How community groups organised behind parties’ backs to redraw Britain’s electoral map.
The conductor of National Health Singers, a Londoner named Rishi Dhir, was fuming as we spoke at the South West Surrey town of Farnham’s summer fayre two weeks ago. After performing just two songs, the 15-strong group of NHS workers, NHS supporters and teachers were pulled off the stage for being “too political”.
The National Health Singers collective was set up in Autumn 2015 by junior doctors, in response to Health Secretary Jeremy Hunt’s bid to impose a hugely unpopular new contract on them. Almost two years later and National Health Singers consist of one united national choir with regional choirs that meet regularly around the country.
At Farnham’s bank holiday fayre, everyone was trying to ignore the first rain drops with plastic ponchos, Mr Whippy icecream and resilience when the choir were prevented from singing Yours – a song celebrating the NHS that got into the UK’s Top 40 Singles Chart in December 2015. Wearing ‘Vote NHS’ navy t-shirts, the group sang one of Dhir’s own songs called Stand Up before their promised half an hour came to an abrupt end at the request of Farnham’s Conservative mayor.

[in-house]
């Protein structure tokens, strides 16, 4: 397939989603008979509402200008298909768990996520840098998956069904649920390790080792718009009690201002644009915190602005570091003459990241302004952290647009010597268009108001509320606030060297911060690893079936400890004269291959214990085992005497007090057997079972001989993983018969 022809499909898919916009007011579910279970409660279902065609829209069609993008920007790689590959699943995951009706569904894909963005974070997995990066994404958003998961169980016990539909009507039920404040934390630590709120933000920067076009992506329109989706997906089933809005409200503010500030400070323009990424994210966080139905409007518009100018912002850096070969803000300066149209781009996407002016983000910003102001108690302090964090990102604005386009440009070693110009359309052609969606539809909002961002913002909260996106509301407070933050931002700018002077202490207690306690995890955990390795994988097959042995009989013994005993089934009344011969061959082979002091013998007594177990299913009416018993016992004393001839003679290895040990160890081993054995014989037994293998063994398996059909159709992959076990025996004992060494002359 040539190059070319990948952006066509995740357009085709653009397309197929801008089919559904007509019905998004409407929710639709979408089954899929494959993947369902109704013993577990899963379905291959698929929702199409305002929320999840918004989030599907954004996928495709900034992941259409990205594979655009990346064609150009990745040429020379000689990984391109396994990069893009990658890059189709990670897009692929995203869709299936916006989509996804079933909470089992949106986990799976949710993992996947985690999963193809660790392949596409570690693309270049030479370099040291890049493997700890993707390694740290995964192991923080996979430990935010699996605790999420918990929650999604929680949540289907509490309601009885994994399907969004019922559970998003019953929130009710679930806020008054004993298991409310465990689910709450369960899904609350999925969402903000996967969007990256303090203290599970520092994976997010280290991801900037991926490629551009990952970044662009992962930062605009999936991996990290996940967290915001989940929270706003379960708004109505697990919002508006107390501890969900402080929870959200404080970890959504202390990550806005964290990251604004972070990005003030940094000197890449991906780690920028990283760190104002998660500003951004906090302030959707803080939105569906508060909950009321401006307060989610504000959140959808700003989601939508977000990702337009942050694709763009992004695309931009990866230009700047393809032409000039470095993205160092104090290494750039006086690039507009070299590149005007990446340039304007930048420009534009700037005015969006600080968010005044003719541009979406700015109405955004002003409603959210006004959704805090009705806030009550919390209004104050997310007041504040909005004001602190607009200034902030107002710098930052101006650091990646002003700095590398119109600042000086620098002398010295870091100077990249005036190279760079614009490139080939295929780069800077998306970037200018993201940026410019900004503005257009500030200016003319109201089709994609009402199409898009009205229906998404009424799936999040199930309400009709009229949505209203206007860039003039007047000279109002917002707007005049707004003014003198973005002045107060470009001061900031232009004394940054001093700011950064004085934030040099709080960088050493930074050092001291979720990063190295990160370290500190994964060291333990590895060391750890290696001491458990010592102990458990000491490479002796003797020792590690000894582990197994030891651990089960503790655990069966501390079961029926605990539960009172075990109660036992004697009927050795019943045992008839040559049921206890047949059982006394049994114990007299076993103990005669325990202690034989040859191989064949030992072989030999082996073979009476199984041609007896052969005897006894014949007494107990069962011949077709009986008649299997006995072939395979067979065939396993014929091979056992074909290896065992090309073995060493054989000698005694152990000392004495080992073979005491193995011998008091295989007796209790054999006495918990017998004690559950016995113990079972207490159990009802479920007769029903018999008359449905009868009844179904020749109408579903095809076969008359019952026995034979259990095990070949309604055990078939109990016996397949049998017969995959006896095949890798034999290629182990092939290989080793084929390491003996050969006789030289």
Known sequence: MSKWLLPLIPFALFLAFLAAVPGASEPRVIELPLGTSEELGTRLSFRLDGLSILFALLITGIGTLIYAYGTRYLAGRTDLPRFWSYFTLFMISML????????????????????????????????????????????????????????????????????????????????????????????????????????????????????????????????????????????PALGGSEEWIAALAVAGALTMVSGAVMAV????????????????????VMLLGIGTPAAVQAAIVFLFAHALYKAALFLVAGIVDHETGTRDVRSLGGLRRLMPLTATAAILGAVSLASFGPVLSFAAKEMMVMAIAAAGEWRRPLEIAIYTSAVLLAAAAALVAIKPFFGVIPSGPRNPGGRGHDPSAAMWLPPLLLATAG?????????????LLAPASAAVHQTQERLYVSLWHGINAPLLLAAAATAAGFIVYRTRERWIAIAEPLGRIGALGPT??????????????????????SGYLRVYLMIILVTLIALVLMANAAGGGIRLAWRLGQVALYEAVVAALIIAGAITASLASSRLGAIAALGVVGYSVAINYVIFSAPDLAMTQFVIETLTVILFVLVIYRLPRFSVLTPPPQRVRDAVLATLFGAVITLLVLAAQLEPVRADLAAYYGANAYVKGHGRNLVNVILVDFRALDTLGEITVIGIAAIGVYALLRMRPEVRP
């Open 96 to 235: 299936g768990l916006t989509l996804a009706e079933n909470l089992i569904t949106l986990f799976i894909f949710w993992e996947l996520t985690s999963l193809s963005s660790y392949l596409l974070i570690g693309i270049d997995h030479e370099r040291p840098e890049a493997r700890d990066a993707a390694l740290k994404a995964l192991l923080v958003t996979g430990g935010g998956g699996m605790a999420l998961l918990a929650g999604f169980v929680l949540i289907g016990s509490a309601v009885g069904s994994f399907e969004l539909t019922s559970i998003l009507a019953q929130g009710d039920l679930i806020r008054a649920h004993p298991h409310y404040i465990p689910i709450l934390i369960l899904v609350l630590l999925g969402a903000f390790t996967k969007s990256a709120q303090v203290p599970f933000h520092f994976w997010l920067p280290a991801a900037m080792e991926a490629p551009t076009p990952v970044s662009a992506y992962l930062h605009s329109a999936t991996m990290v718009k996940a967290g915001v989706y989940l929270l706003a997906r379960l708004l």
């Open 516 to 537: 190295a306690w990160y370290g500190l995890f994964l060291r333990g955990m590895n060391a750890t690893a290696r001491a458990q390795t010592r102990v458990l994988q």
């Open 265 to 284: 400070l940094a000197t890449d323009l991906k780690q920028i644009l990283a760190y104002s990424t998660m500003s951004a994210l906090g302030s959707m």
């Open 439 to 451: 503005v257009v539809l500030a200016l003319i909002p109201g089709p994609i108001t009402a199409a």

The song and the choir are not political, said Dhir. “We’re all from different parties. Green, Labour, Liberal Democrats. I was a Conservative voter in the last election [in 2015]”. But the group travelled to Farnham to support GP Louise Irvine who stood as a candidate for the National Health Action Party; one of 13 who represented the party nationwide on 8 June.
Irvine set out to unseat Hunt in his own constituency in a move that gathered support locally and nationally.
A progressive alliance initiated by the South West Surrey Compass group – a national leftwing thinktank – was built around Irvine in the run-up to Thursday’s general election. A crowdfunding campaign for the candidate raised £36,612.